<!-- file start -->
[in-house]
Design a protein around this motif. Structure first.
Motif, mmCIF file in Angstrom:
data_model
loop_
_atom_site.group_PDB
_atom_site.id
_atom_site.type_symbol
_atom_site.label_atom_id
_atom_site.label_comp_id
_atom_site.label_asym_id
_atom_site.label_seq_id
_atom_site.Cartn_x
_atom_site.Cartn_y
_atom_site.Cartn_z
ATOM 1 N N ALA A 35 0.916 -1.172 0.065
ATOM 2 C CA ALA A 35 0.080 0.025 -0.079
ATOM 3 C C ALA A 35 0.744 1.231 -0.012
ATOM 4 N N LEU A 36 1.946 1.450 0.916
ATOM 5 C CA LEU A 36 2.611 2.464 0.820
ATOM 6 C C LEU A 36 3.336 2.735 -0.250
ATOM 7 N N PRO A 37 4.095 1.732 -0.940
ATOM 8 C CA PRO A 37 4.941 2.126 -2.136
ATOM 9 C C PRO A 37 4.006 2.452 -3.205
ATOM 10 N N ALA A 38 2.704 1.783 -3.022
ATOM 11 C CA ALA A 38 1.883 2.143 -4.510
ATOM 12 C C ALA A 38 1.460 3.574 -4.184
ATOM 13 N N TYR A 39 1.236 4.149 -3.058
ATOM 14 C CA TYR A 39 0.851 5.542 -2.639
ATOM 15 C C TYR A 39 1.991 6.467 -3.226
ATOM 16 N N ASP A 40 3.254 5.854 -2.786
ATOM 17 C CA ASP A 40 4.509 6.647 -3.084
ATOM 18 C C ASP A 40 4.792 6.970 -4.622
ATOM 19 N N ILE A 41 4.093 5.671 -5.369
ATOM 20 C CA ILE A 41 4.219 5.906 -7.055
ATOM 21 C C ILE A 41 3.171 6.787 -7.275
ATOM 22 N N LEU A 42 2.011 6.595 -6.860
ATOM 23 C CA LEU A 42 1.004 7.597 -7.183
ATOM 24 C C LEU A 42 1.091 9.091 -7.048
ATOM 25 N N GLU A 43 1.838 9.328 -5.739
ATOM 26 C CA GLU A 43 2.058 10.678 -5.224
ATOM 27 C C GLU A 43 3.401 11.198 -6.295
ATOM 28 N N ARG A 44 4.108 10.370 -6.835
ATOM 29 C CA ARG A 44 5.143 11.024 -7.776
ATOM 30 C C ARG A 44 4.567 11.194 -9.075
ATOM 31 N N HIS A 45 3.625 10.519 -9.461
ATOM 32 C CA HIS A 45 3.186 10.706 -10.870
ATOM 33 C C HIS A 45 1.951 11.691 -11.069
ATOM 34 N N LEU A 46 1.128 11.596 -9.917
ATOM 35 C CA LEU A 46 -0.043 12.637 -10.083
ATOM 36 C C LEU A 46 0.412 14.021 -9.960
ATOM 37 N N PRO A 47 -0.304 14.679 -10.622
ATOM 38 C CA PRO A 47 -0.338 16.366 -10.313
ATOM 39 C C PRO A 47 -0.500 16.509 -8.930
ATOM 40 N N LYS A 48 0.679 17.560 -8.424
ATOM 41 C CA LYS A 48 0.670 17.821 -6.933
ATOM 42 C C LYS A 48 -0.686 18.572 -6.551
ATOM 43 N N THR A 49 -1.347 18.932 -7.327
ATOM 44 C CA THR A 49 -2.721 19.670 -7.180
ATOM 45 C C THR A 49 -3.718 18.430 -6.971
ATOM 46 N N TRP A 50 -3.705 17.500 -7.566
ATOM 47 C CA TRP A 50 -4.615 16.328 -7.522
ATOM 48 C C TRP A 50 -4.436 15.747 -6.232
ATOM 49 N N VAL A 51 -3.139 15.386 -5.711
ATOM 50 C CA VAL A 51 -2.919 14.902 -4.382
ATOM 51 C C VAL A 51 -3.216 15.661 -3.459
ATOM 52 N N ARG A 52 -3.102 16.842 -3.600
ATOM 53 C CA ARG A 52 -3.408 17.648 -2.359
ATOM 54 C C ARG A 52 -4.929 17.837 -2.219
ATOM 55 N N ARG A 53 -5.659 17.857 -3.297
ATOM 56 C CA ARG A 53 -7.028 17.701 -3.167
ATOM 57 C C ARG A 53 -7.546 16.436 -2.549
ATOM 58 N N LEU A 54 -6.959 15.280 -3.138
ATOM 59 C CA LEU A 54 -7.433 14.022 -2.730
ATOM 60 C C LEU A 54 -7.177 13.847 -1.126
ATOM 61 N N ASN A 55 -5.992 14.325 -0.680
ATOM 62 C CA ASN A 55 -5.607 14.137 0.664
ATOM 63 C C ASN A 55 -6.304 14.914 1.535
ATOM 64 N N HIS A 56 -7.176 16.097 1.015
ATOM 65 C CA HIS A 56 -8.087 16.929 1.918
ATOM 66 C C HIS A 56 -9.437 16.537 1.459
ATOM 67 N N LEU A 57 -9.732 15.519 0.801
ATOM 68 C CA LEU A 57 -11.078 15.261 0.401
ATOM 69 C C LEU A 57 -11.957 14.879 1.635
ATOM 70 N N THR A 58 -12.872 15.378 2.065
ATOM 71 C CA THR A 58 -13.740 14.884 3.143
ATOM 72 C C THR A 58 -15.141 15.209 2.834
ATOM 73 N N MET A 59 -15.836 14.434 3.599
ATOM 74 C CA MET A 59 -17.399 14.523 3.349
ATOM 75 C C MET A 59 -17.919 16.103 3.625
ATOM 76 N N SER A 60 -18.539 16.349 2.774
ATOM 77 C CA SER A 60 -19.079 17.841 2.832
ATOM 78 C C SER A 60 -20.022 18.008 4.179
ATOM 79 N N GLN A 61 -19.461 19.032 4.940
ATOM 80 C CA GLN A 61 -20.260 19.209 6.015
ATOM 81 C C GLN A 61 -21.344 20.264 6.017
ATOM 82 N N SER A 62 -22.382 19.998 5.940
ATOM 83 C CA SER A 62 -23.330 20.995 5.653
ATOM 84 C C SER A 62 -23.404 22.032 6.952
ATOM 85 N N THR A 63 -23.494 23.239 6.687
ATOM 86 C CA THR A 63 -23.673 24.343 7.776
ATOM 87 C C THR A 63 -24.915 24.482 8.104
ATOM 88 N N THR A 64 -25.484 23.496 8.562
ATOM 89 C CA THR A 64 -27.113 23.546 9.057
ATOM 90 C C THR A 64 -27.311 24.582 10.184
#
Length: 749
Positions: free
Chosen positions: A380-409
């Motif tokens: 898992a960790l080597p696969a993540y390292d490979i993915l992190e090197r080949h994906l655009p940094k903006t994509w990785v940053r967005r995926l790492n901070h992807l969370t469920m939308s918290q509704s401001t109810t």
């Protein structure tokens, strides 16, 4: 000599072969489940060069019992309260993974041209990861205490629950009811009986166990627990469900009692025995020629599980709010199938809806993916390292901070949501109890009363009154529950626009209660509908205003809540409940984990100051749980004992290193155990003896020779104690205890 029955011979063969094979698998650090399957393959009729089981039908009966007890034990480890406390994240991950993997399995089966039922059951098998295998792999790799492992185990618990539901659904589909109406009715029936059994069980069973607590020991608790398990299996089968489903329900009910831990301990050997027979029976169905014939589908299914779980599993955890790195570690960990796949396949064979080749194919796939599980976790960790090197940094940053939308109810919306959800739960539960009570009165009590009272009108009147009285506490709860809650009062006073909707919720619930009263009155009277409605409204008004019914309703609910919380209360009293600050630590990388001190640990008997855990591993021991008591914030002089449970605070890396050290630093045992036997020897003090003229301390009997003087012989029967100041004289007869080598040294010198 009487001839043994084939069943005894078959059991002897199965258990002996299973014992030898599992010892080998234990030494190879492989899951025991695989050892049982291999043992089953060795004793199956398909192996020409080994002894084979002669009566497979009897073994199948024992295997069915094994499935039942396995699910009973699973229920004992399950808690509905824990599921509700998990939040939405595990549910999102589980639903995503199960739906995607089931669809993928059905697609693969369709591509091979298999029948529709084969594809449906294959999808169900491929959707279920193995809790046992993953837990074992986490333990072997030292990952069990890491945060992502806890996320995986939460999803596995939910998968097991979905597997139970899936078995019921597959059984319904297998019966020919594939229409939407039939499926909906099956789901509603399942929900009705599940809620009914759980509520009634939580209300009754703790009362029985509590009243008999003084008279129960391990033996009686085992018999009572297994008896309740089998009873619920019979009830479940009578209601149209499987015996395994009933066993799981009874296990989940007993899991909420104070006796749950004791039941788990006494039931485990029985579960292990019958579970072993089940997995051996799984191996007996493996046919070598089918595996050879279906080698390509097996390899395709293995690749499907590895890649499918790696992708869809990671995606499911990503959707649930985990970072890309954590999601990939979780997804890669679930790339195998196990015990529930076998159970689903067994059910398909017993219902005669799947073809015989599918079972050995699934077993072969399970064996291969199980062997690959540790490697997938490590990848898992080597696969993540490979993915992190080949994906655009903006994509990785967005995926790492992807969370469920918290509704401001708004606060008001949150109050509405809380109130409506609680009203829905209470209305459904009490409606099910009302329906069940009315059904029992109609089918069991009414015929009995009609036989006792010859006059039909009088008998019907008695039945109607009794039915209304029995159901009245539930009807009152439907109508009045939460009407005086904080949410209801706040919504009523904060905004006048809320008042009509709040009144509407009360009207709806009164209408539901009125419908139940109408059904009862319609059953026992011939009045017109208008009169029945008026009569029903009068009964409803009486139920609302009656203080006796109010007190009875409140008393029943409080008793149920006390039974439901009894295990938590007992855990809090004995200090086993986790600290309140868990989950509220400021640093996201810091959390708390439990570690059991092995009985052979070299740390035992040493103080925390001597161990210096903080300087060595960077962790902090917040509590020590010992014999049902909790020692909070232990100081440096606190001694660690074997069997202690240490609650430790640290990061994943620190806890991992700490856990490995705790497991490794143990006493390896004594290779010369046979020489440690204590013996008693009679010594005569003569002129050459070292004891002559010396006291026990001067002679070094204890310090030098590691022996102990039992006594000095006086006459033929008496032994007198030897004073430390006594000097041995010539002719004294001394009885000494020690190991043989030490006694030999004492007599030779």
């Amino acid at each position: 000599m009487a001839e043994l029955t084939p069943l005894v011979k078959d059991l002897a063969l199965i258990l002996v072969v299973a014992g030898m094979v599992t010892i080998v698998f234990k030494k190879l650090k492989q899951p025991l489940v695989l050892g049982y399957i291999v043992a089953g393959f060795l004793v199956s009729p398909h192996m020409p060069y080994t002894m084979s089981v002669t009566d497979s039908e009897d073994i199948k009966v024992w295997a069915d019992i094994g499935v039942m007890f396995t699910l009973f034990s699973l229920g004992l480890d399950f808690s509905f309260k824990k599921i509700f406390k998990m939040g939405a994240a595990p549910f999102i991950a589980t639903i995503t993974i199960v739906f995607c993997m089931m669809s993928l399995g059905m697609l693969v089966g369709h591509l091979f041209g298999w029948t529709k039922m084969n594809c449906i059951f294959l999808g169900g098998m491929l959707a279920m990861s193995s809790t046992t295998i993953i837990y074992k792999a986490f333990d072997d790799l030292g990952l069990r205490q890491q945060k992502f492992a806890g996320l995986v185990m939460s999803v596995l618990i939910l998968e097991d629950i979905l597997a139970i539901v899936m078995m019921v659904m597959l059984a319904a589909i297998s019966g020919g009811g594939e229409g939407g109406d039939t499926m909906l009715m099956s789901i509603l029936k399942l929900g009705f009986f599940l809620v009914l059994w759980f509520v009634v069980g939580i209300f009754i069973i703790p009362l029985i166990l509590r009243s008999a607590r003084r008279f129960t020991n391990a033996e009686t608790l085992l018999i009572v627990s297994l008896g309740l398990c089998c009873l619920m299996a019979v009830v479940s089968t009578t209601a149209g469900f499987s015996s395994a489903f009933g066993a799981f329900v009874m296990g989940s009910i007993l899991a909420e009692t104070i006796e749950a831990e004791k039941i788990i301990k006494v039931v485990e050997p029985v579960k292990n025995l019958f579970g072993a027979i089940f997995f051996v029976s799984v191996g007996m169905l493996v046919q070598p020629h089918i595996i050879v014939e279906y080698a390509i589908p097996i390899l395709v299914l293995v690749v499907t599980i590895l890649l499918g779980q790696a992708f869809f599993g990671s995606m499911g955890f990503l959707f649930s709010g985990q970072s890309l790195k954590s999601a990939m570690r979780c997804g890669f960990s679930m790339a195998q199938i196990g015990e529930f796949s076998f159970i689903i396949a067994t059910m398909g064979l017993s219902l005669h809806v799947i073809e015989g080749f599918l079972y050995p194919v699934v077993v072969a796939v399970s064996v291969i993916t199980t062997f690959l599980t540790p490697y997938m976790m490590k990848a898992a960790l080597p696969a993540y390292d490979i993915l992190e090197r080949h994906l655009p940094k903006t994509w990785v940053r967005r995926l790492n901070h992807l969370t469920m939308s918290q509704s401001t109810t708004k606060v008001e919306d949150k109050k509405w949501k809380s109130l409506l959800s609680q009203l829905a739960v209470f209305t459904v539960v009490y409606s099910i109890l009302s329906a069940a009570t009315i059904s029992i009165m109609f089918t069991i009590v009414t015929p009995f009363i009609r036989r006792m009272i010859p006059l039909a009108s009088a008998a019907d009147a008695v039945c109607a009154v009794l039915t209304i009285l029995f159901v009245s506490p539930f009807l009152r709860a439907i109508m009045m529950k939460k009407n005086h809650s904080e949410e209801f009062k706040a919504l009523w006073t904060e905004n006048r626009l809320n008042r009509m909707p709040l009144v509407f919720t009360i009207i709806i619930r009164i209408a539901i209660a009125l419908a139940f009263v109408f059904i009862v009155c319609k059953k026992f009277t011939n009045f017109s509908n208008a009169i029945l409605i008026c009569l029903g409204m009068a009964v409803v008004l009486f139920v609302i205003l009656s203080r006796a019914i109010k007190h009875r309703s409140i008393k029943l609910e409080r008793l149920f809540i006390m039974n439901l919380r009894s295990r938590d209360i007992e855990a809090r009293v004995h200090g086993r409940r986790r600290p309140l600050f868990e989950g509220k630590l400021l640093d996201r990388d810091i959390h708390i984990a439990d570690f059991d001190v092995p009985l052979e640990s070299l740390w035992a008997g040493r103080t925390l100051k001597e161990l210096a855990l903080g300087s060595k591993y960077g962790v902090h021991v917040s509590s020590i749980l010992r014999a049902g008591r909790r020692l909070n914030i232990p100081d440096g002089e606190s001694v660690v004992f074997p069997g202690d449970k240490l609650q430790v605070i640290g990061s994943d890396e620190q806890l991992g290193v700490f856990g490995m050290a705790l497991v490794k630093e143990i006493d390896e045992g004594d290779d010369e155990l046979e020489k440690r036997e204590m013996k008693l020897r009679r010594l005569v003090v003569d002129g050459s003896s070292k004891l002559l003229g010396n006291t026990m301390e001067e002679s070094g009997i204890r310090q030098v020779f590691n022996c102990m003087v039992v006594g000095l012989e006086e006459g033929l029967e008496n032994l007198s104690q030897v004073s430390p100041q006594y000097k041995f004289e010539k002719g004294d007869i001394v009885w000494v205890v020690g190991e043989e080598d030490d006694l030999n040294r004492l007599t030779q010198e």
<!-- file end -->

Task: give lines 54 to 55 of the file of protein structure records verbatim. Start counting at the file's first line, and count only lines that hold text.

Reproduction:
ATOM 39 C C PRO A 47 -0.500 16.509 -8.930
ATOM 40 N N LYS A 48 0.679 17.560 -8.424